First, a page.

September 10, 2015 – Colleen Niese – Insights
Does Your Company’s Career Page Turn Candidates On or Off?
If the extent of your company’s effort when it comes to candidate searches roughly entails posting a canned job ad on Craig’s list and doing a quick search on LinkedIn, there’s a lot of opportunity to improve the number of viable applicants currently being captured. In 2014, 76% of all career seekers started their search on either Google, Yahoo or Bing; of those, 59% went to the potential employer’s career page and only 23% were still relying on the “traditional” job boards. Which means people interested in working at your company are typically going to your company’s website to learn about the open position, and as importantly what it would be like to work within your organization.
The same principles we apply to improve the customer experience actually lend well to attracting top talent through your company’s website. Start first with scrutinizing how simple (or challenging) it is to just apply through the career page’s online application. It’s easy to improve the number of completed applications received by first examining your company’s website from the perspective of the job seeker with these click stats in mind:
- From the home page to the actual application is three;
- From home page to career page is one;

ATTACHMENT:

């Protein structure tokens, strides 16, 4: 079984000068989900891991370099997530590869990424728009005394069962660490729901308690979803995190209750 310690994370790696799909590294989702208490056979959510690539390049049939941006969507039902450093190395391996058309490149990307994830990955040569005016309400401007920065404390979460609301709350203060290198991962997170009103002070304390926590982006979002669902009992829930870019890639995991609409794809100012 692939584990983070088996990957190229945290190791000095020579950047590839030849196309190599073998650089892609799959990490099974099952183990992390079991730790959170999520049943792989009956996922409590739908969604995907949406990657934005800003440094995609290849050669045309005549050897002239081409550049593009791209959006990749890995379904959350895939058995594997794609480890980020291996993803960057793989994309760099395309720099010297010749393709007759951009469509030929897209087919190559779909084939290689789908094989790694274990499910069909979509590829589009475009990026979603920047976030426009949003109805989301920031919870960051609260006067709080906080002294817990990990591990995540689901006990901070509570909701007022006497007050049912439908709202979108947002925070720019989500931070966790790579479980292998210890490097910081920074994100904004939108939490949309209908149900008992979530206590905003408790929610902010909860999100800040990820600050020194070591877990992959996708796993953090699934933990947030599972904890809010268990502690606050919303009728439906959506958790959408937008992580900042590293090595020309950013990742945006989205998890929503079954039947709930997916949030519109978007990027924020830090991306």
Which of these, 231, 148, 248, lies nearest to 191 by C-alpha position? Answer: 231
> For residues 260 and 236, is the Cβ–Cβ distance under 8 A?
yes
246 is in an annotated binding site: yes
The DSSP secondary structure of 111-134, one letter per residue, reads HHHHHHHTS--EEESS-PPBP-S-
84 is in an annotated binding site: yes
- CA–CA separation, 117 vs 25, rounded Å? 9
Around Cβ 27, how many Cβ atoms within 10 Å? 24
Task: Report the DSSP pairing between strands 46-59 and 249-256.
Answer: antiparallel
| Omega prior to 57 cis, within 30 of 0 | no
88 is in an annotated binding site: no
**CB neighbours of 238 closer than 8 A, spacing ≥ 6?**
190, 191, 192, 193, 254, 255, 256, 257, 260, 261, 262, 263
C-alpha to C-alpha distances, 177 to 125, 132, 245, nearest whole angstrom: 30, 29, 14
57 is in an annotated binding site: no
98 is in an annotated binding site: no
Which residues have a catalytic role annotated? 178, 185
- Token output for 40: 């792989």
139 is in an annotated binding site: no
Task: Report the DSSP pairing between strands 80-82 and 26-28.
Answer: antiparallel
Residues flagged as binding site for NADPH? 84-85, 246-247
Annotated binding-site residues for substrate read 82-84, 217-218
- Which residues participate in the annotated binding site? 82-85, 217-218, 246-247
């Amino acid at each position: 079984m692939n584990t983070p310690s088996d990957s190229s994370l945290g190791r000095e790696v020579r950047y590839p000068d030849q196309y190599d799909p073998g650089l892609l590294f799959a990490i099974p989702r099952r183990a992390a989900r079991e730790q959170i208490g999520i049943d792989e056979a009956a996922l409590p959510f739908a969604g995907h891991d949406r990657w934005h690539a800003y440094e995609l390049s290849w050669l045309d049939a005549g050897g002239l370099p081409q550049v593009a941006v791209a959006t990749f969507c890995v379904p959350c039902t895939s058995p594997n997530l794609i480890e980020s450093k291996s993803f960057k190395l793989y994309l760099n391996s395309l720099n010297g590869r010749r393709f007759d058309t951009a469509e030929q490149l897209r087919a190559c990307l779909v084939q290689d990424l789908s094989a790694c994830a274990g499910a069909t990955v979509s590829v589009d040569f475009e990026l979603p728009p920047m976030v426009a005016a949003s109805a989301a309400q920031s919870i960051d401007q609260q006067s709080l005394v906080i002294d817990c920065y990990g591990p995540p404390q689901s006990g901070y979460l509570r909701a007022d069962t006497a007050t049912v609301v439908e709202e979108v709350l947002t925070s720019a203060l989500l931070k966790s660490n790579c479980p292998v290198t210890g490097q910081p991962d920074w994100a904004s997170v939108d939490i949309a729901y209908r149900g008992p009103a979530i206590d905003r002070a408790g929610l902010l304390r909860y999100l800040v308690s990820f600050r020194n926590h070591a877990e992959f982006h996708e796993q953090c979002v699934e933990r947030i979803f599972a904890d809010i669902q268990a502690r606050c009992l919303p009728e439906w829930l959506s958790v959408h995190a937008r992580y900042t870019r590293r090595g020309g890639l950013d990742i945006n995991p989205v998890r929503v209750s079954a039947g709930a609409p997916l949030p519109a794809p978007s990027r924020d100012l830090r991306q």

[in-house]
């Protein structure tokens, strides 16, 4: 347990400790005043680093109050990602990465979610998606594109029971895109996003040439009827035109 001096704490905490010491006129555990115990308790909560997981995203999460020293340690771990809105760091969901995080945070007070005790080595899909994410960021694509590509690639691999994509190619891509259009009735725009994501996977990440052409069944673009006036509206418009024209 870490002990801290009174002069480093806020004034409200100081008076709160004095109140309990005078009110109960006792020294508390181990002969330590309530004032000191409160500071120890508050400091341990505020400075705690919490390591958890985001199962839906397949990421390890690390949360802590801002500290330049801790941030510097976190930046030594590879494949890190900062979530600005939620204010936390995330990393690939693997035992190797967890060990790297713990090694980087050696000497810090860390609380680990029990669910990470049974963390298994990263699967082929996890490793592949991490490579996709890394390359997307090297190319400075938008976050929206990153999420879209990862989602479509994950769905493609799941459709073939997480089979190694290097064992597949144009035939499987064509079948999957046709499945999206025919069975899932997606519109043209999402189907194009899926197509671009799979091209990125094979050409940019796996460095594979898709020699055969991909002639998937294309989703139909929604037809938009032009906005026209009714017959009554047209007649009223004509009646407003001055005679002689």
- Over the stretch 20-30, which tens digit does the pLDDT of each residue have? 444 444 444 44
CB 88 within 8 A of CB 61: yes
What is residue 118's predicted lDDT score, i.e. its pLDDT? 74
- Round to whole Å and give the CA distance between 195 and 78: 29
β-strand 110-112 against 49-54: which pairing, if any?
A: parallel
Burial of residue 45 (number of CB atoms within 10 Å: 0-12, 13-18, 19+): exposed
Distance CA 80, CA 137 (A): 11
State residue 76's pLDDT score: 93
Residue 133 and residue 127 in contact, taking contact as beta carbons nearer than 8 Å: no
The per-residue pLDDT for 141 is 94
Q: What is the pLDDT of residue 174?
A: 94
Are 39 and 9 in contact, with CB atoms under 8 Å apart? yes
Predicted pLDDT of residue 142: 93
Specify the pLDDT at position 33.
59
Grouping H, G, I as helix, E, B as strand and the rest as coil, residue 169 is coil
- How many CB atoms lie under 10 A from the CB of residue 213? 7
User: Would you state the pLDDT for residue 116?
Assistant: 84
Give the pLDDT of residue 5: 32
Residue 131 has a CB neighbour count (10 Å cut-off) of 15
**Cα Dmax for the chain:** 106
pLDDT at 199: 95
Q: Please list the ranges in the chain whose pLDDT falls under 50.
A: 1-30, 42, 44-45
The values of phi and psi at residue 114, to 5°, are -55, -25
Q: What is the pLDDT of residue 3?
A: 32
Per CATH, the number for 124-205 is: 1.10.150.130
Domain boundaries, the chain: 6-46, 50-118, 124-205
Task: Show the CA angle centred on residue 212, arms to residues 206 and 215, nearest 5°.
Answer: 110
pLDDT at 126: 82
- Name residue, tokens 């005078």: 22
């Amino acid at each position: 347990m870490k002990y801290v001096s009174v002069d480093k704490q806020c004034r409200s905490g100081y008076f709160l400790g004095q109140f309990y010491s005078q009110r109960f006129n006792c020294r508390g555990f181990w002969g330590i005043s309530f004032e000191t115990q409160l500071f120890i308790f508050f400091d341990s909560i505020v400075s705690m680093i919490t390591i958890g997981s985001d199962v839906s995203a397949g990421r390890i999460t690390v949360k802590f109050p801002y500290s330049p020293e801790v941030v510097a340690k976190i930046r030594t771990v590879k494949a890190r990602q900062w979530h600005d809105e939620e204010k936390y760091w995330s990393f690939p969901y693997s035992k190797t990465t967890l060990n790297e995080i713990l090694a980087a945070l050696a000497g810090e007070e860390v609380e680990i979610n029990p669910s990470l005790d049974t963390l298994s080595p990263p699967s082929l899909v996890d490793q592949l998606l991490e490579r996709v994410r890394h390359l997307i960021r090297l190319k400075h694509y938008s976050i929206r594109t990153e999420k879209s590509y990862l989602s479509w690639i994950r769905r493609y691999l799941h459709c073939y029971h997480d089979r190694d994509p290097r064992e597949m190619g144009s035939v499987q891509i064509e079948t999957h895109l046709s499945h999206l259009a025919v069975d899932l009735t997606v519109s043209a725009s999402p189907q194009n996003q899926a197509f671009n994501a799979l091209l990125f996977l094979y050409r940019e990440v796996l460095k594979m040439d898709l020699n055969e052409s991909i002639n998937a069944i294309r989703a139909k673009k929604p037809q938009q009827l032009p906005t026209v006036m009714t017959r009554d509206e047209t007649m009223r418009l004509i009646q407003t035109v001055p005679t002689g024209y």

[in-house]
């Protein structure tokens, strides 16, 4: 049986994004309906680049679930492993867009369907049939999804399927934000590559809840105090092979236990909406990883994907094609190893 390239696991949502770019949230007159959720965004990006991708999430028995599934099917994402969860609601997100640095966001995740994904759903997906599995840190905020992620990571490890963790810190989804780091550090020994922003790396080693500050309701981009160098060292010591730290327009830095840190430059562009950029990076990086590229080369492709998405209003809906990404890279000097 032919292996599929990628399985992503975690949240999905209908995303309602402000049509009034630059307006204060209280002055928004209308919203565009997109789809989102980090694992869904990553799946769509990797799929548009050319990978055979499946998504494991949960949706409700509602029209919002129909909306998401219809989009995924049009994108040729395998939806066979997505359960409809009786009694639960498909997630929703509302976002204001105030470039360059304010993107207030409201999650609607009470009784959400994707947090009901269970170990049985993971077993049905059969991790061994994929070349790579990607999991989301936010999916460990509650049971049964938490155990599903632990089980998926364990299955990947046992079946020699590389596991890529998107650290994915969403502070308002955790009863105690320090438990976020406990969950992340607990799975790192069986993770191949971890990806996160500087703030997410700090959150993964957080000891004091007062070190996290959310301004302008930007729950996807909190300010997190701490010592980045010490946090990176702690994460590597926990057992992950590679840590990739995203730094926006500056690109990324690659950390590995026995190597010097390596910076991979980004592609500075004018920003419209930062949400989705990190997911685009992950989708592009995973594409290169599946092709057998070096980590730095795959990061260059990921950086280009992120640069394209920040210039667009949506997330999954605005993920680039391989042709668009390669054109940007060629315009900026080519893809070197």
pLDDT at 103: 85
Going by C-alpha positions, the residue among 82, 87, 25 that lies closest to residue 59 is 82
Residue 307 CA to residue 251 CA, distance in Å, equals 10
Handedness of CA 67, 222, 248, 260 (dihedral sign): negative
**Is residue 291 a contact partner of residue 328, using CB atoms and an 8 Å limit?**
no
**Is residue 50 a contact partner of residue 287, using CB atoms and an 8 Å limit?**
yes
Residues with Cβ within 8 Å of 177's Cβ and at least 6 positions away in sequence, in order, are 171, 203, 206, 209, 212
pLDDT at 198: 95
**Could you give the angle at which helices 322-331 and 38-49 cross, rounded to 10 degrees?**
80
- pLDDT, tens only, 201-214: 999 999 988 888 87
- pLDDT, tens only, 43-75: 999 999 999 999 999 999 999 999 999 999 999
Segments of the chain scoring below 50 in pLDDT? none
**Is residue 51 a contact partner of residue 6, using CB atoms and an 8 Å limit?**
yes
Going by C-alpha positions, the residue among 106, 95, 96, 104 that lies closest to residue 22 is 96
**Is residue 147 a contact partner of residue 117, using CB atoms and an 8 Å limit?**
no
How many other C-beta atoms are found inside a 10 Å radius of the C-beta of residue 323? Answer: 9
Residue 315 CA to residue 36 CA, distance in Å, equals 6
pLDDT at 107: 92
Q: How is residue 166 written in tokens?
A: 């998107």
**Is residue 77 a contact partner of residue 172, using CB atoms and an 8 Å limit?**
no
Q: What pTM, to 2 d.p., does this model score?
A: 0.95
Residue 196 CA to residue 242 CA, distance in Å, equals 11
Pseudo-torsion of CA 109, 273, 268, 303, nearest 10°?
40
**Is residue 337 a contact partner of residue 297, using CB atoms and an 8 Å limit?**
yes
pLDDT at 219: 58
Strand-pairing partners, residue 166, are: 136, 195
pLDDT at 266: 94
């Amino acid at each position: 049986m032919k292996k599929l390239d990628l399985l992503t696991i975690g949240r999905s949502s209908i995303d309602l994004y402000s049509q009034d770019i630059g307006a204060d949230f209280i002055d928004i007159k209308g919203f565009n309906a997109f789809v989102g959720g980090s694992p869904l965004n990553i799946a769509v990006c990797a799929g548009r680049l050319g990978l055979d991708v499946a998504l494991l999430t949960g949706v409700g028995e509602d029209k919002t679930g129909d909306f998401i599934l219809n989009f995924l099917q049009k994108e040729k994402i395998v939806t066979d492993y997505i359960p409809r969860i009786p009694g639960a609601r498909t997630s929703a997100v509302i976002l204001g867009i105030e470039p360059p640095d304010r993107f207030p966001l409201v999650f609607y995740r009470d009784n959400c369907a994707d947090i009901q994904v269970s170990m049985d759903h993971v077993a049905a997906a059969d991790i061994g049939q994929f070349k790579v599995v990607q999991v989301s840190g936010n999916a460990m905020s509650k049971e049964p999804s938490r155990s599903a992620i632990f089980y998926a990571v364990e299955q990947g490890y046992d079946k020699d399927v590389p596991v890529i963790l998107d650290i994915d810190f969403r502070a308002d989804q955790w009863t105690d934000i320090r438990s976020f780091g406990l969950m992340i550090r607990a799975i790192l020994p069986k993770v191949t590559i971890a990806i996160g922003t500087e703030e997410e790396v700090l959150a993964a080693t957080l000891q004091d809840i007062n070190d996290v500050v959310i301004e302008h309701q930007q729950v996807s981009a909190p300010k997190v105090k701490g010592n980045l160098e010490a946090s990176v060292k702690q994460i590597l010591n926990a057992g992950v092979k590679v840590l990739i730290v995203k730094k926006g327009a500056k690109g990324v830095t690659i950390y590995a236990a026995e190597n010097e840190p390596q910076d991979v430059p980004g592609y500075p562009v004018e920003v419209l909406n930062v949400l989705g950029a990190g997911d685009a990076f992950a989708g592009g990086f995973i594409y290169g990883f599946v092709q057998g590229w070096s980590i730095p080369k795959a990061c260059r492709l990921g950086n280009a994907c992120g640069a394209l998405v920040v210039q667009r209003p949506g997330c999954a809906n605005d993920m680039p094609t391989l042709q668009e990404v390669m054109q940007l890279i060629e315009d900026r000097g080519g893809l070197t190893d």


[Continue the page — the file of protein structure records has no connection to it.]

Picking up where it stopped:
- From career page log in to application is two; and
- To complete the application is four.
In research conducted by The Marlyn Group of 15 either national or regional parking operators, we found all:
- had the same application process for both hourly and salaried positions;
- went well beyond the number of acceptable clicks to apply for a position; and
- required the applicant to first create a User Id and Password before he/she could actually apply.
As an applicant “testing” this same process over and over on each of the sites, questions came to mind for me. Why did I have to confirm I have a valid driver’s license to apply for a Senior Staff Account position? How come I have to select days of the week, and hours of the day I want to work for a DBD role? One company required I provide emergency contact information before I was “allowed” to even review the open positions. The answers to these questions have little to do with learning the company’s culture or the job itself. If you analyze the number of drop offs per page you can easily adjust to improve both the quantity and quality literally over night.
If you’re interested in learning more about ways to improve the applicant experience on your company’s career page, click here to download a white paper on How to Hire Top Talent Fast in Today’s Market provided by The Marlyn Group during last week’s National Parking Association Annual Show and Conference.